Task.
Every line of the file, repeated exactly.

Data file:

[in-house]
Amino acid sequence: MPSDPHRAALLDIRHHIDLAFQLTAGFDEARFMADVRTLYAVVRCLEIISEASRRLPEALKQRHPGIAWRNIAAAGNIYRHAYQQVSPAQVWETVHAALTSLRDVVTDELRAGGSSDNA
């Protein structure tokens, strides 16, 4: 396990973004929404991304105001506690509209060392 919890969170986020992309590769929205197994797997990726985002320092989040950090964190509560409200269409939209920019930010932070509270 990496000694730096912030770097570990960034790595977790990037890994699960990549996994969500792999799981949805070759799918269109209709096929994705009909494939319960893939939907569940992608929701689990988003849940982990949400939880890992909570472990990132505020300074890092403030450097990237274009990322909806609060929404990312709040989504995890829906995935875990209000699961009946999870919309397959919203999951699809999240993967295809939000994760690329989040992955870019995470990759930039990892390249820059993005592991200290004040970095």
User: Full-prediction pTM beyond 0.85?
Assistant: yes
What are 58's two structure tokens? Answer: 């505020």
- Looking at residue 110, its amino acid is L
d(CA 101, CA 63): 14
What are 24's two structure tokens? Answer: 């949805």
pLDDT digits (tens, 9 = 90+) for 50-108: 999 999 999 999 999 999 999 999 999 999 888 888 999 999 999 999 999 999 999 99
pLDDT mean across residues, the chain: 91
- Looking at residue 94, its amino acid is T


[in-house]
Amino acid sequence: MPSDPHRAALLDIRHHIDLAFQLTAGFDEARFMADVRTLYAVVRCLEIISEASRRLPEALKQRHPGIAWRNIAAAGNIYRHAYQQVSPAQVWETVHAALTSLRDVVTDELRAGGSSDNA
């Protein structure tokens, strides 16, 4: 396990973004929404991304105001506690509209060392 919890969170986020992309590769929205197994797997990726985002320092989040950090964190509560409200269409939209920019930010932070509270 990496000694730096912030770097570990960034790595977790990037890994699960990549996994969500792999799981949805070759799918269109209709096929994705009909494939319960893939939907569940992608929701689990988003849940982990949400939880890992909570472990990132505020300074890092403030450097990237274009990322909806609060929404990312709040989504995890829906995935875990209000699961009946999870919309397959919203999951699809999240993967295809939000994760690329989040992955870019995470990759930039990892390249820059993005592991200290004040970095």
User: Full-prediction pTM beyond 0.85?
Assistant: yes
What are 58's two structure tokens? Answer: 């505020």
- Looking at residue 110, its amino acid is L
d(CA 101, CA 63): 14
What are 24's two structure tokens? Answer: 């949805």
pLDDT digits (tens, 9 = 90+) for 50-108: 999 999 999 999 999 999 999 999 999 999 888 888 999 999 999 999 999 999 999 99
pLDDT mean across residues, the chain: 91
- Looking at residue 94, its amino acid is T